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Thursday, April 16, 2015

Another Excerpt oomr my Unpubished Memoir, One Place and Another

In the summer of 1939 or 1940, two of my friends and I were playing around the storage building out behind the church house, climbing in and out of the coal bin, which didn't have a roof. Getting tired of that, we checked out the outhouses which were open all the time and read the poetry and such written on the walls in the men's side: "here I sit, all brokenhearted. . .etc." We had a good laugh from the gross humor and went looking around the locked storage area of the building where extra chairs and such were stored. Noticing under the eaves a bird's nest with a couple of young sparrows or finches in it,  my companions boosted me up to take a good look. I reached into the nest and picked up one of the young tweeters that had grown feathers. The problem with this was, the nest was alive with lice and they started crawling up my arm by the hundreds. I dropped to the ground quick and started brushing them off and running toward home. I told my mother I had lice real bad. I took off my shirt and she doused my upper limbs and under arms with kerosene until she couldn't see anymore lice. She told me to go to the canal and wash off the kerosene before I catch on fire. We ran to the canal, where we stood on the bank and I cleaned myself up with fresh water from the stream, one of my friends helping me.

While we were washing off the kerosene, one friend wandered away. We started looking for him and found him floating in the middle of the canal, belly down and head under water. My cousin (the other friend) ran across the canal on a flume and tried to reach him from the bank, but he was too far out in the stream. Fifty yards downstream there was a log across the canal which was used by kids cutting through the fields to attend school. I ran as fast as I could and got in the center of the log where I was able to catch the boy by the shirt collar and arm and hold him until my cousin could help me drag him to the bank. We laid him belly down in the dirt by an old barn wall. He was unconscious, so we decided to push down on his back and ribs to push out the water he had consumed. Luckily, this worked as water started to come out of his mouth. After a couple of minutes, he coughed up some more water and started to get his color back. He laid there a while before he suddenly sat up and thanked us for saving him from drowning. He said he had slipped and fell in and couldn't regain his footing. He rose to his feet finally and said he was going home but wouldn't tell his mother about his narrow escape because she would give him a whipping. He was killed by a horse later on, at least that was what I was told. I never saw my cousin or him again after we moved away.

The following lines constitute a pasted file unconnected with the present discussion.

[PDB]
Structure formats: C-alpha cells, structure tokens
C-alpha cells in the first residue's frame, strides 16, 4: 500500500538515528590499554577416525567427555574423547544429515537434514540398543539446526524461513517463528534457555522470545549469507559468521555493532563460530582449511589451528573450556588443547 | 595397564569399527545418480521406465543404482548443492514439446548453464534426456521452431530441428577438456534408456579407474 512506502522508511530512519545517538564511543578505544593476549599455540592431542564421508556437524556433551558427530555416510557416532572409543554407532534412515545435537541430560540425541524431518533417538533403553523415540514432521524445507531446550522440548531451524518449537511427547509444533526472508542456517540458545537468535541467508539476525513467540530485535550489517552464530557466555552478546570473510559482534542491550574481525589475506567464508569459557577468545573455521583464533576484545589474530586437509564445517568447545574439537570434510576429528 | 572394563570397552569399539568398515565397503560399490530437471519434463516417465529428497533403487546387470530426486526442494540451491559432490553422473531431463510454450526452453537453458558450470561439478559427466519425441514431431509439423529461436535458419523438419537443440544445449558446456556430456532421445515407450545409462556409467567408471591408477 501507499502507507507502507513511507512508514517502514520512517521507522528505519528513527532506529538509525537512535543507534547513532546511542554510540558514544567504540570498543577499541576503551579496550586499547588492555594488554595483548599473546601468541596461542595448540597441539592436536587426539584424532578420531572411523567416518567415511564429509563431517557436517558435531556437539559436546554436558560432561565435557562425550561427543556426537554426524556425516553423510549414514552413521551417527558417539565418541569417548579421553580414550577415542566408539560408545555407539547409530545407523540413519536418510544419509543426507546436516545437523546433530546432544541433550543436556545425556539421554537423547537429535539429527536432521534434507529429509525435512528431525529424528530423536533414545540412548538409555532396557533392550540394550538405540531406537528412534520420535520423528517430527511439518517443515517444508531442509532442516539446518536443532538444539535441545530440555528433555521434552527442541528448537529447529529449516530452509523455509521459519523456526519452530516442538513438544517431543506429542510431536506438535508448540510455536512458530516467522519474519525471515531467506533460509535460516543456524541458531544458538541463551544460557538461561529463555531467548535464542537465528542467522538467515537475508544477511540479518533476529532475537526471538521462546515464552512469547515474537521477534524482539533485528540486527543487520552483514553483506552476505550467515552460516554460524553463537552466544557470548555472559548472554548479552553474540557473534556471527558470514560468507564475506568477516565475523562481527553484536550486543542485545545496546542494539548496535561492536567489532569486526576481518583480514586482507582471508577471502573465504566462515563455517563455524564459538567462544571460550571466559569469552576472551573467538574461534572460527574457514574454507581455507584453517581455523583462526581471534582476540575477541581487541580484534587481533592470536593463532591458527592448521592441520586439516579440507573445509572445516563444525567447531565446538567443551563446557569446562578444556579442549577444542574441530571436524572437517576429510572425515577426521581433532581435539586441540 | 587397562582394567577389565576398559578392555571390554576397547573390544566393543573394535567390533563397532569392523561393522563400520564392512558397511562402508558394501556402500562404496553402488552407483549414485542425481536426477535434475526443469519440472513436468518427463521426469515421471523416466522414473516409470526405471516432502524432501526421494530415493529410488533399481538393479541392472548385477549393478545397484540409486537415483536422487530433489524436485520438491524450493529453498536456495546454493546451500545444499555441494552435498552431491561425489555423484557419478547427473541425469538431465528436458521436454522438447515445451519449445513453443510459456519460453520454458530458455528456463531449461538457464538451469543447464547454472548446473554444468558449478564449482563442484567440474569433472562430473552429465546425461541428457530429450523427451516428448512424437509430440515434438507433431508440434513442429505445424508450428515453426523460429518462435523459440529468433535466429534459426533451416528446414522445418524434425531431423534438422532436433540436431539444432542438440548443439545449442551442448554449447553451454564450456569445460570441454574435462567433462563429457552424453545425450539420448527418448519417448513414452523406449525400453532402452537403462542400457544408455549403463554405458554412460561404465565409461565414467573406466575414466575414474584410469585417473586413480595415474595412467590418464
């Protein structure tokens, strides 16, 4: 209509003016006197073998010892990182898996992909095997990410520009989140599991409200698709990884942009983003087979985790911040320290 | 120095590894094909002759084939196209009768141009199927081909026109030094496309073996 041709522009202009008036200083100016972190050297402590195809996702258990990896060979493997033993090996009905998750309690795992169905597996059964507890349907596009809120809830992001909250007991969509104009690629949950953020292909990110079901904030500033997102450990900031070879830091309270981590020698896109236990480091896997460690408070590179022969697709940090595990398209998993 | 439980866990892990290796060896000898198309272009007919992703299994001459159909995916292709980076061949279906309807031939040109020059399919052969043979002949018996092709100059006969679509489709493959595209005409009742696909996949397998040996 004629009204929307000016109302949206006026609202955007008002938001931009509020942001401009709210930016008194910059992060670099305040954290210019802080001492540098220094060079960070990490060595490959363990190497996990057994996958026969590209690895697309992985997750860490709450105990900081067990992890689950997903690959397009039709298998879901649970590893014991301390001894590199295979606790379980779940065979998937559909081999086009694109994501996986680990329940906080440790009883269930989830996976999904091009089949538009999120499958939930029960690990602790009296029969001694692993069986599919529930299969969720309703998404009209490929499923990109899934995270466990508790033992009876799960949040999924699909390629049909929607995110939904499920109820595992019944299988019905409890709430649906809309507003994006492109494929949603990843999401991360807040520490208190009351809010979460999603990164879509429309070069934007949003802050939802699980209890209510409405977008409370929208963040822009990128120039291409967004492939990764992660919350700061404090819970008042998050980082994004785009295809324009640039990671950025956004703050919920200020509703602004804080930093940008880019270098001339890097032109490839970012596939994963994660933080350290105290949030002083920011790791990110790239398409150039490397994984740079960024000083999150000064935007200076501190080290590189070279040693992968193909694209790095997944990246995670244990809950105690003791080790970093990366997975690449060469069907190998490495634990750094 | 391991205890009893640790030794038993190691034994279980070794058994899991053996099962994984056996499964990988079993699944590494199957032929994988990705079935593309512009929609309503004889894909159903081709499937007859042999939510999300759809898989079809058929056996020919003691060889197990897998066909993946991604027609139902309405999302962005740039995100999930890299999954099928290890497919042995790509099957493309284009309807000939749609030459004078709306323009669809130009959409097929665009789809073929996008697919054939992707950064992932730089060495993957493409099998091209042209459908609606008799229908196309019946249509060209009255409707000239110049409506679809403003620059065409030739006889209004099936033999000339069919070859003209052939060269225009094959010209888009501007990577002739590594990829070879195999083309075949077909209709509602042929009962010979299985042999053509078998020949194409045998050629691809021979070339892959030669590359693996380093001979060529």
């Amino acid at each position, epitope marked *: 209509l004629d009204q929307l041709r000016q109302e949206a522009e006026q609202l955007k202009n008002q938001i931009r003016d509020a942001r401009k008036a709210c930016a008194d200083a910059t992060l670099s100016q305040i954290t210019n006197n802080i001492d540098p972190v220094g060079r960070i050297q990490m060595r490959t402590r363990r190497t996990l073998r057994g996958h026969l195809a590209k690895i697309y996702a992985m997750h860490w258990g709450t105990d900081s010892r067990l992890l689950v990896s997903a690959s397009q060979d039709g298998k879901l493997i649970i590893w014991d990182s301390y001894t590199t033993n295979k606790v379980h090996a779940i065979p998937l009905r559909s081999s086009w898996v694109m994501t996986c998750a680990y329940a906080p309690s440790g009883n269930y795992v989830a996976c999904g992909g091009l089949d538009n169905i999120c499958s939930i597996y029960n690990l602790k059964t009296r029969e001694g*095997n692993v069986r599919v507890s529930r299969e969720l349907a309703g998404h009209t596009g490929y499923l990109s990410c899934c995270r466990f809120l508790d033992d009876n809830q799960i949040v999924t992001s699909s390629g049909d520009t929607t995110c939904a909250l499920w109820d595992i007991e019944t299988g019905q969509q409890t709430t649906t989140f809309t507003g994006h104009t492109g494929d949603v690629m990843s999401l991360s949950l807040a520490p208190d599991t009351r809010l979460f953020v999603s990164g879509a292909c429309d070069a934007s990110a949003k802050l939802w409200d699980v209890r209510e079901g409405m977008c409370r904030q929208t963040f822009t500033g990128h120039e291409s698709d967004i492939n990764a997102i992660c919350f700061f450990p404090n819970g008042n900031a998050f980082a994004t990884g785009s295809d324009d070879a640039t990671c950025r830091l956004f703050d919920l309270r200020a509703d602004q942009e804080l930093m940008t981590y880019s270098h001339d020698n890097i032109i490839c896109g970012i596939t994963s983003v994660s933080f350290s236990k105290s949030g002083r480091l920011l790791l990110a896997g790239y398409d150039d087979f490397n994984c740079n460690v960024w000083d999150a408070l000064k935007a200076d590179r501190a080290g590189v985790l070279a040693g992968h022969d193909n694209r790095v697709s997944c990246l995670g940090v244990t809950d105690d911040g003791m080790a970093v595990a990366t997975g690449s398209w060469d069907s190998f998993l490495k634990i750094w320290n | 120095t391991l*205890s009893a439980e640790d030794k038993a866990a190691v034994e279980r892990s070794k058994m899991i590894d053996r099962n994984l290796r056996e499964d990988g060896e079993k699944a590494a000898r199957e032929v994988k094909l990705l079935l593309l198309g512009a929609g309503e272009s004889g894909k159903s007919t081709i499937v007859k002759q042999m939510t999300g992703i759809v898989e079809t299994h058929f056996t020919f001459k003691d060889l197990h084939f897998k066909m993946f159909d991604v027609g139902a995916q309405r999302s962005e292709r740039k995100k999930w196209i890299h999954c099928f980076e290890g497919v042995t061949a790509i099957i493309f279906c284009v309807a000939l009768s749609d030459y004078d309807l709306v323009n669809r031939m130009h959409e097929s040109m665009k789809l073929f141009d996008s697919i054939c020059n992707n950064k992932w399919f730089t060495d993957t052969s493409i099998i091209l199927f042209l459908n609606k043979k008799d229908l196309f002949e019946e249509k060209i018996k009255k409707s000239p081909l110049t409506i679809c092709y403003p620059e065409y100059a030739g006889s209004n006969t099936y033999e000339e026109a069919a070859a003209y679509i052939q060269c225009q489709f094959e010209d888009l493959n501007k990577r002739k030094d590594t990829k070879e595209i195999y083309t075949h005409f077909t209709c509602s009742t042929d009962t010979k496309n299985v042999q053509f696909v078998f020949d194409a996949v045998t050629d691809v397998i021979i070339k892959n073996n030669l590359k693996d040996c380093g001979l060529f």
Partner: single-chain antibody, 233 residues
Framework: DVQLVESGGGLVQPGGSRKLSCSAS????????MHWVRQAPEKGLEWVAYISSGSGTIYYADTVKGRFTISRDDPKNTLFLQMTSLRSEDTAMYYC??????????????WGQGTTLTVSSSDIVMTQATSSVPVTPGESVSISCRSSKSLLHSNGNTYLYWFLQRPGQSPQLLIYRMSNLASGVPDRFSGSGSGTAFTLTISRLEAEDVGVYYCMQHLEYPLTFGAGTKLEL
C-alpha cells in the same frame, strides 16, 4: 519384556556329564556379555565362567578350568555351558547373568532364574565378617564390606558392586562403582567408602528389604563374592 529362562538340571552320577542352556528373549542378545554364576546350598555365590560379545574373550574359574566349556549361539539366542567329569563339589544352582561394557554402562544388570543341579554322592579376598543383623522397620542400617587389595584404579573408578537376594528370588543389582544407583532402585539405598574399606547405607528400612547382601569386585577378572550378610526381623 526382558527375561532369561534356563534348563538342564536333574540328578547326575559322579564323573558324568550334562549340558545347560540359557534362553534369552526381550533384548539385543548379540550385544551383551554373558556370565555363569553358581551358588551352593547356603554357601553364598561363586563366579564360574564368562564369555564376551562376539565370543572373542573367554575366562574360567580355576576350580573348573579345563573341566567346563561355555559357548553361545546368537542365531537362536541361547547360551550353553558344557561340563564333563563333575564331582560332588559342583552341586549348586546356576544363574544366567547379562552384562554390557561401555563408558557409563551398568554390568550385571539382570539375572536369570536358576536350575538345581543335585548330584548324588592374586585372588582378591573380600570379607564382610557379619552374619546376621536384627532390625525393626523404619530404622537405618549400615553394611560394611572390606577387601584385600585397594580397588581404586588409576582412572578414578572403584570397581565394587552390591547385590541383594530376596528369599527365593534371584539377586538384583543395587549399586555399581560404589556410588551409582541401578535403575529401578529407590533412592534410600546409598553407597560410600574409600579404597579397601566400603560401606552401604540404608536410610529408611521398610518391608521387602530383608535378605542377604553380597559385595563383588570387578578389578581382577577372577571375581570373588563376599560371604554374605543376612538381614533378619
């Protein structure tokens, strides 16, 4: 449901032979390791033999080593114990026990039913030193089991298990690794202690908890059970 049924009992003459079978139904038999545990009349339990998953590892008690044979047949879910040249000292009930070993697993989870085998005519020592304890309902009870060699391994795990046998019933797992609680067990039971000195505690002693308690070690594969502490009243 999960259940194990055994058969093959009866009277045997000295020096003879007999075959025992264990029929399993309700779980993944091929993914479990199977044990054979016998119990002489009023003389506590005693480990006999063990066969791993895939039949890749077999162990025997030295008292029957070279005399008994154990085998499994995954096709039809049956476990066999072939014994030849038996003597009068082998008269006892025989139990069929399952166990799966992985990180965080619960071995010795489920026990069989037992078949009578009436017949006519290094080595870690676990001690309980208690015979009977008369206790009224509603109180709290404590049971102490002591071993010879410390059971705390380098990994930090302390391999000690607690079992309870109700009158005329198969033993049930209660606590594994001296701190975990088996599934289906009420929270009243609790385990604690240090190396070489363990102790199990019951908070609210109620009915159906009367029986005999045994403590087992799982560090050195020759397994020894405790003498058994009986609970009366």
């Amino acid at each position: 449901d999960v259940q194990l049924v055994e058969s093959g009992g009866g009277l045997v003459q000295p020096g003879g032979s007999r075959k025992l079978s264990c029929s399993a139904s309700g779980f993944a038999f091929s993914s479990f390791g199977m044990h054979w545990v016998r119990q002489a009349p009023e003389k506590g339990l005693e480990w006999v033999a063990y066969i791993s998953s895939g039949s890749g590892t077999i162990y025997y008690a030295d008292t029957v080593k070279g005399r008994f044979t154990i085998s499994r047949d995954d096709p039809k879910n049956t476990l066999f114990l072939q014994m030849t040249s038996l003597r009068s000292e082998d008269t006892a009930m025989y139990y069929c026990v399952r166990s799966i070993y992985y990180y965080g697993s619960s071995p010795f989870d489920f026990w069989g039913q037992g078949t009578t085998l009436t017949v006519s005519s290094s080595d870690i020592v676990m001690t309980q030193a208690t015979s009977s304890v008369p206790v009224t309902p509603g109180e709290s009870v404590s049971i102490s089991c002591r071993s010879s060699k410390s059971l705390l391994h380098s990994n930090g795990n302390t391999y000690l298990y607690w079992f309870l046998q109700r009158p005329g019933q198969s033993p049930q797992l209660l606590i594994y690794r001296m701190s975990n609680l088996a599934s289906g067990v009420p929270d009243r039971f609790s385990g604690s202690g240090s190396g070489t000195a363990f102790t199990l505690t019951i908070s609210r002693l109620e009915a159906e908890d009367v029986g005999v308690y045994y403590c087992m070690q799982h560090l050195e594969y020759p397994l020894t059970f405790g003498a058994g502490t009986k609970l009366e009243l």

I didn't get along well with this boy who nearly drowned. He was always hanging around the schoolyard, because his mother told him to go play to get him out of the house. He was an only child, and his widowed mother had a lot of visitors, mainly men. My father hinted one time that she "could make a little money that way," but I didn't understand it at the time. One summer, this kid was playing around the schoolyard and we got into an argument and commenced to discuss the problem physically instead of mentally. I threw him on the ground a couple of times and told him to leave me alone. This got tiresome, so I took off running to get away from him. He caught up with me and I threw him down again and sat on him to teach him a lesson. I got up and started walking away. He tackled me from behind, and before I could turn over he was sitting on my shoulders holding my head between his knees. Try as I might, I couldn't dislodge him. So, I had to give up in disgrace. He finally got off me and took off for home. My ego was a little bruised, so I went home and told my mother about it. She wasn't too sympathetic, saying, "You shouldn't be fighting anyway!"  

Monday, April 13, 2015

Down Memory Lane

Here's an excerpt from my Unpublished Memoirs, One Place and Another, Reflections of a Childhood in the Country and Life in the Navy:

One of my uncles came calling on us one day. He came into town to help someone do some haying or such and stopped to chat with my mother with his two horses in harness. After a short visit, he said he was headed on home. My brother and I (about 6 and 8 years old) begged him to let us ride the horses to his house. He must have grown tired of us begging him for a ride, since we always did when we saw him with a horse. He said, "All right you little devils, you asked for it" and boosted us on to one of the horses. We started off to his farm a couple of miles south in clay basin, happy as we could be. After about a mile, our little hind ends began to get sore from riding bareback and we asked him to let us down, we'd had enough. He said, "No sir. You've been asking for this a long time and you're going to ride right there all the way home."